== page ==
Second, it's not like James Franco was cast as Martin Luther King, Jr. And even if he was, so what? When Cate Blanchett played Bob Dylan in 2007's I'm Not There, no one accused her of misandry--so why is Depp being (indirectly) called a racist? Maybe if his Tonto only said "How" and paraded around the screen doing rain dances while swigging whiskey and scalping white men, these armchair fanatics might have a point. But Tonto is one of the richest, darkest characters I've seen in a blockbuster in quite awhile. He's the Keyser Soze of The Lone Ranger, a man whose secrets not only stop the movie dead in its tracks and force it to reboot half-way through, but also ask the audience to reconsider what it knows about the two main characters.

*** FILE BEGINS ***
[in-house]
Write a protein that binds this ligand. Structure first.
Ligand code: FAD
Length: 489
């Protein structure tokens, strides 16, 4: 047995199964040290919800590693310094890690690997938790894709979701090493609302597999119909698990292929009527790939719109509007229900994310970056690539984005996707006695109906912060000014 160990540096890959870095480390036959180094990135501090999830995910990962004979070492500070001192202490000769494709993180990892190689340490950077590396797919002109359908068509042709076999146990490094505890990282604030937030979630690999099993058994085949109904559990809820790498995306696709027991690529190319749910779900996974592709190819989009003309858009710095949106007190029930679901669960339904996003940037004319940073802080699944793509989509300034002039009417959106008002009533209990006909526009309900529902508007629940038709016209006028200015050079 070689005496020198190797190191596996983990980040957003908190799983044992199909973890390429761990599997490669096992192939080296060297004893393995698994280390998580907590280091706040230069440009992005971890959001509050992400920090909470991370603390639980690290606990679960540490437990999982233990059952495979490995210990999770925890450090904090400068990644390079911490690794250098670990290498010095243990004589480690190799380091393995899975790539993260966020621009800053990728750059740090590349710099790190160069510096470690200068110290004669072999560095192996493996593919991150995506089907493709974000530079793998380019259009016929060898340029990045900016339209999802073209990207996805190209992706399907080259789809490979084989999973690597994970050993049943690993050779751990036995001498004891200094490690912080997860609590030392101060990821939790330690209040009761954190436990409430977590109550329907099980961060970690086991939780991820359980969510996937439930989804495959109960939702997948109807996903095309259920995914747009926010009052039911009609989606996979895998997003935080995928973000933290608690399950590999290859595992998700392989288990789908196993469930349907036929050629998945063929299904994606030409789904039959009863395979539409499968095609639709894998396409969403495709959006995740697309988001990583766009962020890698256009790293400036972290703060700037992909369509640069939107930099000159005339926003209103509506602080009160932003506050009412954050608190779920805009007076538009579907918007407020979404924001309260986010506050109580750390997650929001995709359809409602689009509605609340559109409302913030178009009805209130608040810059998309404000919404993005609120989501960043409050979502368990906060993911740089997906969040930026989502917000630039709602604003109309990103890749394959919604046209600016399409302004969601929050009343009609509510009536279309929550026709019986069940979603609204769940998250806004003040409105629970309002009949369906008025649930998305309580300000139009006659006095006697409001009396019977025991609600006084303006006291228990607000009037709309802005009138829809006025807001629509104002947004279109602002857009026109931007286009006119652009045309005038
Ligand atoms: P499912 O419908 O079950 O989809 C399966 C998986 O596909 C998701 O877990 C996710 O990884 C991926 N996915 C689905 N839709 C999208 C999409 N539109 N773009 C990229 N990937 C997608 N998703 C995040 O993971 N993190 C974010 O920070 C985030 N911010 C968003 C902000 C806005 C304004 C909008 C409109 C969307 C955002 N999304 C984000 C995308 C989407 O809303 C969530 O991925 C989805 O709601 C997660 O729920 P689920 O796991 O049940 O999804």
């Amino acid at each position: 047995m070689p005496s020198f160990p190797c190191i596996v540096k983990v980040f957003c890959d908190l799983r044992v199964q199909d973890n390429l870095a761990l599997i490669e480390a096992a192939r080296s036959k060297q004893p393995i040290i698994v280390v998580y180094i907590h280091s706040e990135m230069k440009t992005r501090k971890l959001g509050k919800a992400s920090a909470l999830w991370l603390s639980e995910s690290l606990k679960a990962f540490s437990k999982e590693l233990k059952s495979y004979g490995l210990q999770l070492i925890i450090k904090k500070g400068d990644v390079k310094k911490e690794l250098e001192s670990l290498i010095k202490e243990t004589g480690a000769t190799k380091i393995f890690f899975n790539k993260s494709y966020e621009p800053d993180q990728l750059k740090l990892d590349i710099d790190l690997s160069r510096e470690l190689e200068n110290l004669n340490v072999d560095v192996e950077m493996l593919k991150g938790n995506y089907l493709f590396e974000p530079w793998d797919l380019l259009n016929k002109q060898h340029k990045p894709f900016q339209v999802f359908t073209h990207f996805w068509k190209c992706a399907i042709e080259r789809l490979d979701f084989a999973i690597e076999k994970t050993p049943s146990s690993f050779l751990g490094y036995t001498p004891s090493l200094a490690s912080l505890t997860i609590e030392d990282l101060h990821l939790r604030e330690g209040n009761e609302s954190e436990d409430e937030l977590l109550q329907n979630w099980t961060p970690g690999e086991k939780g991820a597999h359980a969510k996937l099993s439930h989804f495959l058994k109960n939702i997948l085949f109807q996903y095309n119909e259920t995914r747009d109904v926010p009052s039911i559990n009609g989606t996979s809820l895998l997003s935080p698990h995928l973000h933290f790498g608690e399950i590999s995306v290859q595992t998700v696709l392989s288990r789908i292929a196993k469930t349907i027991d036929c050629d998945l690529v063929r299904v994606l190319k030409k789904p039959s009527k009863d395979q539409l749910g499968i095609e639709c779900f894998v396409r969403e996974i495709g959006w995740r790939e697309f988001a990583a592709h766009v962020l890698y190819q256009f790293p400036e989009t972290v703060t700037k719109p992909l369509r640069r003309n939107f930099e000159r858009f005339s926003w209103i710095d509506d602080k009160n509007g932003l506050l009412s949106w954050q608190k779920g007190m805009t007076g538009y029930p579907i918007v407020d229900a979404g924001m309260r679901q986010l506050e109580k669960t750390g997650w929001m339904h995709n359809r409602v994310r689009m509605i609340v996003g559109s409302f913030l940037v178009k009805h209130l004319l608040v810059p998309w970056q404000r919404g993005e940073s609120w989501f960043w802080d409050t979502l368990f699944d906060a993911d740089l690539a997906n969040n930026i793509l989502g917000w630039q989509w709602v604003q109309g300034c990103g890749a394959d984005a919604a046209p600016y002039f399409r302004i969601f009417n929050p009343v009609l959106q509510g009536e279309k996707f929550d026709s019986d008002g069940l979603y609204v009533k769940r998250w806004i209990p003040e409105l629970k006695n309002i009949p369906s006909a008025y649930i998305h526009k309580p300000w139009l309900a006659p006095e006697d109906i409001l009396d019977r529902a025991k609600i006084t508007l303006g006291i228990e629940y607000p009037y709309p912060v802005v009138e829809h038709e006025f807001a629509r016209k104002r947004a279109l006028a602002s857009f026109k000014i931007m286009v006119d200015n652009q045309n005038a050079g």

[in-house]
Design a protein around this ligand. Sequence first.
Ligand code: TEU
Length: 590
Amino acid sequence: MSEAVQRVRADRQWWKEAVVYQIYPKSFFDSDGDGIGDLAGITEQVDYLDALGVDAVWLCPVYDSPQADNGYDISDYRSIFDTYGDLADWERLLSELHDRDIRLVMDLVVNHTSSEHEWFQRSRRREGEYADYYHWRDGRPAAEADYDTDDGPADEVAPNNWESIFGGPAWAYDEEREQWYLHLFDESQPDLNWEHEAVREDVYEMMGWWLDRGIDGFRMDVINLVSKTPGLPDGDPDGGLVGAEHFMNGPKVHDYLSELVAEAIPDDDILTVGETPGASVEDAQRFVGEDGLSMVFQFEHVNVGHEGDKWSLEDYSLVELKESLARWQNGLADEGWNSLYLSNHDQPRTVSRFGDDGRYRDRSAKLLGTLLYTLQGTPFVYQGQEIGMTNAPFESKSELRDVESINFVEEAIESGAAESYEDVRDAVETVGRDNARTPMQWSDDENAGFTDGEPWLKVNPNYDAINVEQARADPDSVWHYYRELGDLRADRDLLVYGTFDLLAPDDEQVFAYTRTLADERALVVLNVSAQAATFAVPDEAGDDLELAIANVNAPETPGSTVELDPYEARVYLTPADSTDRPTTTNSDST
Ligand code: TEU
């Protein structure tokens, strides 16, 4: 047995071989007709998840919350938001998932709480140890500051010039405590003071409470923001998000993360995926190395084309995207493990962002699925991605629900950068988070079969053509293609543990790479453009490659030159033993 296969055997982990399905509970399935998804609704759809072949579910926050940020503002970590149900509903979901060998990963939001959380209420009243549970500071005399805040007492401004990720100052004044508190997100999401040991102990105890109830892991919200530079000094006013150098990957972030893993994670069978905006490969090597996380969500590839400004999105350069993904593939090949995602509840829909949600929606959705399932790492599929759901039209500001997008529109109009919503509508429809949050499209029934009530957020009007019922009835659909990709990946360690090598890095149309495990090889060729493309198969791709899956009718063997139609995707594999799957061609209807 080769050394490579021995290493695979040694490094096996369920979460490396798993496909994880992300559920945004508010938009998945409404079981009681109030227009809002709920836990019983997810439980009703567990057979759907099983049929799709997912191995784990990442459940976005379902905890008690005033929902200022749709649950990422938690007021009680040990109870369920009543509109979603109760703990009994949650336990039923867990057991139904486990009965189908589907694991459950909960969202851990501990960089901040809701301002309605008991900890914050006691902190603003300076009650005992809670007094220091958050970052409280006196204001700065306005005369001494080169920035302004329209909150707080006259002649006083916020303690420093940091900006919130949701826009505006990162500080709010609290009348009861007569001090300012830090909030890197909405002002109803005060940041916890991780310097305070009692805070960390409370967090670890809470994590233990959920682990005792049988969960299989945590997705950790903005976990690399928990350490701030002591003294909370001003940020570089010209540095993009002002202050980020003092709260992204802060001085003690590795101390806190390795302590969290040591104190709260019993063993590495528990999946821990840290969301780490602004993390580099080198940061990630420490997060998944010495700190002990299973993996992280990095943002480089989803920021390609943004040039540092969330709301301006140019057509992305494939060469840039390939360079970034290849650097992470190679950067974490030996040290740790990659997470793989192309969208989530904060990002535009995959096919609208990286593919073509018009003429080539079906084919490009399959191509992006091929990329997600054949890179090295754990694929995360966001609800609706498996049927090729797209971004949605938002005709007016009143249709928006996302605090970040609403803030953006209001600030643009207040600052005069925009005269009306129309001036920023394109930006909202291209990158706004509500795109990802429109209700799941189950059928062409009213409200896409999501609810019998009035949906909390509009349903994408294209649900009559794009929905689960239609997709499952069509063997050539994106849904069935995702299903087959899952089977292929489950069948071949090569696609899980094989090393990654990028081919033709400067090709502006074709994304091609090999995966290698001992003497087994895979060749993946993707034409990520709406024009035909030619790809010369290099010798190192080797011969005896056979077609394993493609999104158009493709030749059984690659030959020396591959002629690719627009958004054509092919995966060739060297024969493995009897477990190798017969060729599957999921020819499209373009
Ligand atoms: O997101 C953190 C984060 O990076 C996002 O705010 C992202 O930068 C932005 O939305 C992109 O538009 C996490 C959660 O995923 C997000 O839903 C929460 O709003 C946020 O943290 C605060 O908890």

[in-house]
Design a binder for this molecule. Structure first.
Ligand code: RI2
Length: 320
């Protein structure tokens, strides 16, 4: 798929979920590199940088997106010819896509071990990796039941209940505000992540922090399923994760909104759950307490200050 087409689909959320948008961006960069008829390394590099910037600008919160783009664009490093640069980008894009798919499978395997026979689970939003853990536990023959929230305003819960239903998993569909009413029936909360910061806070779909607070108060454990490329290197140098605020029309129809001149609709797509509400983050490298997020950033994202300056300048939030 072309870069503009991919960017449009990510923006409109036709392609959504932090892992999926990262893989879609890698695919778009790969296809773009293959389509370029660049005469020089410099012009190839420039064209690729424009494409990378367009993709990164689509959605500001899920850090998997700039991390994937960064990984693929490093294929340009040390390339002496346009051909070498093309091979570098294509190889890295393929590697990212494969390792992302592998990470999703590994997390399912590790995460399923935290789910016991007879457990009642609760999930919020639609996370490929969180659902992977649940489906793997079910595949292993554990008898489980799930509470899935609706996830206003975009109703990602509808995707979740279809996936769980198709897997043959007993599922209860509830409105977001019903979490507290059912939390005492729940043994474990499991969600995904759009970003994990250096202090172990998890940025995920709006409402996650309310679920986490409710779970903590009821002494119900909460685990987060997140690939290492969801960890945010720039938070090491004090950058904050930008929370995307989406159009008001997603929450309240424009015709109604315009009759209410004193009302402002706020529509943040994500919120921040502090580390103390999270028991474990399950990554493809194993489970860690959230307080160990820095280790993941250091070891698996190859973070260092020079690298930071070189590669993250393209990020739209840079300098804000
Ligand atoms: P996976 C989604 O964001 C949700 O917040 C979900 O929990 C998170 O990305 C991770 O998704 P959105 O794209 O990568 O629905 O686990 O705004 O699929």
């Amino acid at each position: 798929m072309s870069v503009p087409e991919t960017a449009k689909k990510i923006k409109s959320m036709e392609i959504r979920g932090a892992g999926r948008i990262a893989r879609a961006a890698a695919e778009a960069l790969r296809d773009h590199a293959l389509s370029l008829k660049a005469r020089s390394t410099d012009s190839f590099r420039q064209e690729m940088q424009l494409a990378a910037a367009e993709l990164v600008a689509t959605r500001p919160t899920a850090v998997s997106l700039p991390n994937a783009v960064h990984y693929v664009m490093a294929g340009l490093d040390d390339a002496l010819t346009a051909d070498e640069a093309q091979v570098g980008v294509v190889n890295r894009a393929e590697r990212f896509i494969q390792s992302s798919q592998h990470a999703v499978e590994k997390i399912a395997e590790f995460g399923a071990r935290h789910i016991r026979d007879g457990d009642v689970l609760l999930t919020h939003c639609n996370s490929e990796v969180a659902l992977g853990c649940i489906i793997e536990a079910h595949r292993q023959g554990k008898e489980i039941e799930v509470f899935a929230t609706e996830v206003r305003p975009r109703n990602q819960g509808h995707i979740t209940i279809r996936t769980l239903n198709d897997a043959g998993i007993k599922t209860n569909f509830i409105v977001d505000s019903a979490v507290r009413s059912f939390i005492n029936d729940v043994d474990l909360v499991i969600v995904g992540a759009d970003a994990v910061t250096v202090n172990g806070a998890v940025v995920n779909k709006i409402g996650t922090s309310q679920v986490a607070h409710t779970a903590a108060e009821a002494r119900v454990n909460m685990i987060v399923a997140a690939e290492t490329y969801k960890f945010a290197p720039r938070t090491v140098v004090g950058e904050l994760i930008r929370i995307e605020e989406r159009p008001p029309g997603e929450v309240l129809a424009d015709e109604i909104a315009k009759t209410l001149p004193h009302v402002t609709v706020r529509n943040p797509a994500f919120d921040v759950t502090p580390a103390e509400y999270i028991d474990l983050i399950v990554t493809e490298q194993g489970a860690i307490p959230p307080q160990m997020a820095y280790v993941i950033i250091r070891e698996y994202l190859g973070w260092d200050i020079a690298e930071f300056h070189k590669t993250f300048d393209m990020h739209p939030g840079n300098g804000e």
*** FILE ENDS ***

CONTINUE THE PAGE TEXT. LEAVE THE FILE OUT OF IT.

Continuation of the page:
4. "Summer Audiences Don't Care About Westerns!" They didn't care about pirate movies until The Curse of the Black Pearl, either. Next...

5. "They Should've Just Called it Tonto!" Another armchair criticism from people who didn't bother to watch the movie. Yes, Depp was the focal point of much of The Lone Ranger's marketing--mostly, I'd imagine, because of his draw as a blockbuster star. Getting fans in the door would allow them to not only see Depp do his finest work in years, but also introduce them to Hammer who, by all rights, should have been a major star after this picture. He was great in The Social Network, but really shines here as a classic code hero whose crisis of conscience leads him down the path to vigilantism.